Sunday, August 25, 2013

Gas Plays an Explosive Role in the War in Syria

Gas as an aspect of the war in Syria is very much underexposed. Actually it's about a pipeline that is of vital interest to Europe and Qatar. It's a game of chess on a global stage

There's another side to the war in Syria that is of strategic importance: at stake are the economic future of the region and its natural resources

In "Build up of the Russian war fleet largest since the Cold War" we have seen that Syria is the battle field in the fight over the hegemony of the Islamic Middle East between Sunni and Shia Islam. The Russians are not the only ones building up their presence in the region. An American marine vessel just arrived in the Israeli port of Eilat; the Russian Pacific Fleet just passed the Suez Canal and has arrived in the East Med. It seems the stage is now set for a major confrontation. 

Who is the paymaster?

The Financial Times reported that Qatar so far has spent 3 billion dollars arming the rebels. It has transpired from various interviews with rebel leaders and western officials that Qatar's role is increasingly controversial. The emirate is the biggest donor in the war and is paying defectors enormous amounts of money. 

Qatar is sitting on a gargantuan natural gas deposit, the third largest in the world. The intervention in Syria is an aggressive bid for the recognition of its dominant role in the region. First they helped the overthrow of Ghadaffi, then the tribes of Mali were encouraged to Jihad. But that's not all. 

Nabucco, the slave rebellion

A map of the region explains why Qatar is behaving as it does. The emirate is a geographical prisoner in a tiny enclave on the Persian Gulf. It depends on the export of LNG (liquid gas), because Saudi Arabia is blocking the construction of pipelines.

In 2009 the construction of a pipeline was considered to Europe, through Saudi Arabia and Turkey, connecting to the Nabucco pipeline, but the Saudis rejected the deal. The market of LNG is reaching saturation point. Expansion to Europe is the only viable option. And Europe is fed up with its dependence on the Russian monopolist.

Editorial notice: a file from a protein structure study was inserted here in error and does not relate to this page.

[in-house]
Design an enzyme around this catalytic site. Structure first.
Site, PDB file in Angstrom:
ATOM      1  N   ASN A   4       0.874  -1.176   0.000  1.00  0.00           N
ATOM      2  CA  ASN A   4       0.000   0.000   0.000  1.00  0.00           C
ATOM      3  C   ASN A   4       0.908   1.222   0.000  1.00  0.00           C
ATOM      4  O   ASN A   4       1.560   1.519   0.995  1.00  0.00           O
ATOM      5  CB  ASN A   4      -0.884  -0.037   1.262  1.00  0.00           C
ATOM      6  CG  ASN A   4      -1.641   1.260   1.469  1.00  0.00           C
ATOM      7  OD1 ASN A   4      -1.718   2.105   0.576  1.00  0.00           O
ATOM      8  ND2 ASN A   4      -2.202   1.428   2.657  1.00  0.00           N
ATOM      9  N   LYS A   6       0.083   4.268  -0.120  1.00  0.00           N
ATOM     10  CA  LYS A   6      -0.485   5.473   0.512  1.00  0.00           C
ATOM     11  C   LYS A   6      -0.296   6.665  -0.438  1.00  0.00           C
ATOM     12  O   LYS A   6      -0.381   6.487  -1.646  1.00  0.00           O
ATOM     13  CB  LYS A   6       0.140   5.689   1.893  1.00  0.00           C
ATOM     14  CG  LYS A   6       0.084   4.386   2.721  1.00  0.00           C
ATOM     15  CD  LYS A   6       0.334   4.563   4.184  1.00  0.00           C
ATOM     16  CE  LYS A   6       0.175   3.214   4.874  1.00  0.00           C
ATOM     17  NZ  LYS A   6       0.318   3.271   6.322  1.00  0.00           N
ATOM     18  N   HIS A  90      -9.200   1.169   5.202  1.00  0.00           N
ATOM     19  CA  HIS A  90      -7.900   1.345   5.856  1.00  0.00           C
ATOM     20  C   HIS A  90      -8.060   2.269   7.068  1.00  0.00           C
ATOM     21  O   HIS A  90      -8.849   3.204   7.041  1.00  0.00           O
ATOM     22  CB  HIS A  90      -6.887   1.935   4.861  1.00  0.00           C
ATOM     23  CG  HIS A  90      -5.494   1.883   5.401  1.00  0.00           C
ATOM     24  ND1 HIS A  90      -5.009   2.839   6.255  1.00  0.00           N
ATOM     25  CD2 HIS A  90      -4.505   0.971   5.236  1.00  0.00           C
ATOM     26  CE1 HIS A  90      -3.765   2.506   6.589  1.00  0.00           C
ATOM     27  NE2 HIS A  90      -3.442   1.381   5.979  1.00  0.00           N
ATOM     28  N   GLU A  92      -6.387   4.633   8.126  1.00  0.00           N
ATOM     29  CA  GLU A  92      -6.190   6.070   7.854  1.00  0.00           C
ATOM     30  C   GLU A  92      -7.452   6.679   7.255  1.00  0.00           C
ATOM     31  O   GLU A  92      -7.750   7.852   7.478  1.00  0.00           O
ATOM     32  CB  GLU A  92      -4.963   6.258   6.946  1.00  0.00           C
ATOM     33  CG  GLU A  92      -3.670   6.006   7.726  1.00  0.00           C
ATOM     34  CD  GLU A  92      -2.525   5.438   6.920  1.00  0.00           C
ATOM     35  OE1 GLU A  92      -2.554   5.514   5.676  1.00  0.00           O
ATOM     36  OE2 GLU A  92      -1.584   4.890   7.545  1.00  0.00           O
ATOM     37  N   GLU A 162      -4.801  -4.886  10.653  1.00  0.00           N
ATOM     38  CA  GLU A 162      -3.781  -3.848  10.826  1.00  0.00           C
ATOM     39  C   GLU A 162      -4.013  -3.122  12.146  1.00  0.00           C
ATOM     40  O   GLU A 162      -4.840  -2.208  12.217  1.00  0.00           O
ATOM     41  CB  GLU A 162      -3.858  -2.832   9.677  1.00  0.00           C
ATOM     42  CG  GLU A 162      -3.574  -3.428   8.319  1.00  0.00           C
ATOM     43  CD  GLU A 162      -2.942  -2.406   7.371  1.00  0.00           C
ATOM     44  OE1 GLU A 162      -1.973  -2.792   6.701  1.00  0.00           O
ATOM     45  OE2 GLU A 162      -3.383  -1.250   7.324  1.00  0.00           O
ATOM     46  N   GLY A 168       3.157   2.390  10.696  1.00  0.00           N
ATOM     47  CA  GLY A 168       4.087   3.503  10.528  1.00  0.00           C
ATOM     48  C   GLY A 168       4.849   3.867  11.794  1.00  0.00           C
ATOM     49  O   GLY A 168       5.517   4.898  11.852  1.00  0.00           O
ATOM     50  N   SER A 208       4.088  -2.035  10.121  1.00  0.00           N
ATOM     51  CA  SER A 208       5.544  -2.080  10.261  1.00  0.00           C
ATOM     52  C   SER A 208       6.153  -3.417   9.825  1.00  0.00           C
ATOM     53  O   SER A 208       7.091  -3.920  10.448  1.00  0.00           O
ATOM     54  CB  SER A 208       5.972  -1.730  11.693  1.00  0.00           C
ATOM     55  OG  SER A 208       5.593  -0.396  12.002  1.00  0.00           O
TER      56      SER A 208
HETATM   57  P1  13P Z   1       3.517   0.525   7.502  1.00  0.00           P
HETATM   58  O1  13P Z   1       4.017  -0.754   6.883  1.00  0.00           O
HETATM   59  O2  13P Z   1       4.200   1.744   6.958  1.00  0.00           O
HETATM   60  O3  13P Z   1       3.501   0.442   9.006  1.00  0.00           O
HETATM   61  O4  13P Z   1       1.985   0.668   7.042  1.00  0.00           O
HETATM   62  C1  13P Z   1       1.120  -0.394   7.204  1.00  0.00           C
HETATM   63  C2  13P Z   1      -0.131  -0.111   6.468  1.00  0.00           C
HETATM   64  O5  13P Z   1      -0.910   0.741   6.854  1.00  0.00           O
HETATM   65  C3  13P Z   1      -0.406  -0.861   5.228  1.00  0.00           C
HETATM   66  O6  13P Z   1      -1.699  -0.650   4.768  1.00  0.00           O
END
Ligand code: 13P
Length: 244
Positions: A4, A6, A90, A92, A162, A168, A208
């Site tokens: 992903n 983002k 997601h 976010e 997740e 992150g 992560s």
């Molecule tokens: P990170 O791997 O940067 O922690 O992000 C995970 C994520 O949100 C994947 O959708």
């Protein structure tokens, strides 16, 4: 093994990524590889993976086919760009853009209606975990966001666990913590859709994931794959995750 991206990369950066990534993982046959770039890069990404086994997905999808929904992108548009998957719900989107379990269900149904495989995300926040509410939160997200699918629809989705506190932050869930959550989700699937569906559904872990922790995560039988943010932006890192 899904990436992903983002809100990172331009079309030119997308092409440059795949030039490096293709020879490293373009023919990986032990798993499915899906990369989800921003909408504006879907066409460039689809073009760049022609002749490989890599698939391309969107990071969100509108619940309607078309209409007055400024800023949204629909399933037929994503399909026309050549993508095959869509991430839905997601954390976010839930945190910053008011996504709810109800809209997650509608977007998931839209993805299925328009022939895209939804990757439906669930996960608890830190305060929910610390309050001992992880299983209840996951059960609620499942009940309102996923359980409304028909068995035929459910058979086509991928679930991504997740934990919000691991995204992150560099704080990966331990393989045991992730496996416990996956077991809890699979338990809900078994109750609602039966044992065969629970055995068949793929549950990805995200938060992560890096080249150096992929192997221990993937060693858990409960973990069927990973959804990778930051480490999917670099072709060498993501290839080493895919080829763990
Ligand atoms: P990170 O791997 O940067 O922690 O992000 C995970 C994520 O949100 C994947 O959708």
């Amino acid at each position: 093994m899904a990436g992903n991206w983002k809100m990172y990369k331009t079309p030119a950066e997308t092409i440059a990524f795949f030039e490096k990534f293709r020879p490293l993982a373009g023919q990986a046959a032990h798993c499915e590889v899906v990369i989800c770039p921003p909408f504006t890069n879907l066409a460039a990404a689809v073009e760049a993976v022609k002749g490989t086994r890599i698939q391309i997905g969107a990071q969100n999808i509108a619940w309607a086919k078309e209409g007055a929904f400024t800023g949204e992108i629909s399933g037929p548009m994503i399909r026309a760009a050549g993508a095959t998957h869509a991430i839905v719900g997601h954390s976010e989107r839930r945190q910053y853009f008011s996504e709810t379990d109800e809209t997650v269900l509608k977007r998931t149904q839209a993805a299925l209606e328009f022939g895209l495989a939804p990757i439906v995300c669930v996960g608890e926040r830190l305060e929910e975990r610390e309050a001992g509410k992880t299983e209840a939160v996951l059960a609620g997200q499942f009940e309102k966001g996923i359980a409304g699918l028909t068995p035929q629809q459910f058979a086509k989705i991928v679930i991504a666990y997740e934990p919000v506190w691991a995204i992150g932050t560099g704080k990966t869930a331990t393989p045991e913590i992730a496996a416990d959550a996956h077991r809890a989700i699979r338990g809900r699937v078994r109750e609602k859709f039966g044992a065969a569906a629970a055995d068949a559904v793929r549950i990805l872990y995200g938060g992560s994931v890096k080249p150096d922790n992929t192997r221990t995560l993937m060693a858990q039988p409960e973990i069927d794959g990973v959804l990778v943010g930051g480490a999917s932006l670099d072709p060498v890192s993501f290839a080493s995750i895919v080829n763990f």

Assad is an obstacle

The discovery of natural gas in Israel, Lebanon, Cyprus and Syria is opening new opportunities to bypass Saudi Arabia. Pipelines in Turkey are already in place. But Assad is blocking the way. Turkey and Qatar want to remove Assad so that a local chapter of the Muslim Brotherhood can assume power.

The Brotherhood is the best organized political movement in the Middle East. It will be able to prevent the efforts by Saudi Arabia to install a Wahhabi regime in Syria. This explains why the West suddenly sees the Muslim Brotherhood as 'moderate'. Egypt, the country where the Brotherhood came to power, is the new blue print for democracy, Islamic style.

Planning for the future

The Turkish town of Adana, close to the border with Syria, is the command center of the rebellion against Assad. The Saudis have proposed to build a Turko/Saudi/Qatari joint venture. The Turks are attracted to the idea. The war will last for many months yet, but at the end of road lie lucrative reconstruction contracts and the development of gas fields. 

Assad will have to go one way or another. Nothing personal, just business. Qatar's future depends on it. The pipeline will enable it to double its LNG production. 

European interests

Bypassing Russia, the connection to Nabucco (videographic) will enable the transport of natural gas from central Asia and the Middle East to Europe. Turkey has already signed contracts with four European countries. The project is supported by EU subsidies so as to limit European dependence on Russia gas. 

But it will all come to naught as long as Russia's ally, Assad is in power in Syria. Therefore the Qataris are encouraging the 'civil war' and support it by hiring well paid mercenaries.

Russia has its own interests to supply Europe with natural gas through its own pipelines. Nabucco would mean an enormous loss to Gazprom. 

A sock puppet in Syria

According to the Stockholm International Peace Research Institute, between April 2012 and March 2013 Qatar has delivered two arms shipments of over 70 flights via Turkey. The US is also delivering weapons (more in the next article in this series). It is astonishing that only now the suppliers have woken up to the danger that some of the arms may fall into the hands of the local Al Qaeda franchise, Jabhat al-Nusrah.

Qatar's support for the Islamists isn't making it any popular with the neighbors. There has been criticism that its meddling has split the rebellion in Syria. Saudi Arabia has reacted by strengthening its ties to the rebels. The Saudis want to install their own sock puppet in Syria, enabling them to dictate terms to Qatar and Europe. 


Qatar prides itself that its politics are based on cooperation with the stake holders. Very much unlike the evil Israelis and Americans! But the West's Just War Doctrine doesn't allow them to go to war on their own behalf. The Qataris on the other hand couldn't care less that half the population of Syria is sacrificed to their gas trade. 

Both sides are using Syria as a chess board, in a game in which natural resources and national interests are at stake; Israel and the US are on the side of the petrodollars, while Russia - and to a lesser extent also China - on the other. They are refusing to topple a government, which would empower the Gulf states even more.

Russian push back

Up until now the premise had been that Russia would eventually come round. But with the arrival of the Russian submarines in Cyprus the plot is thickening: Russia is no longer willing to acommodate. The interests of Gazprom are at stake! Things are heating up in the East.

Reposted from May 20, 2013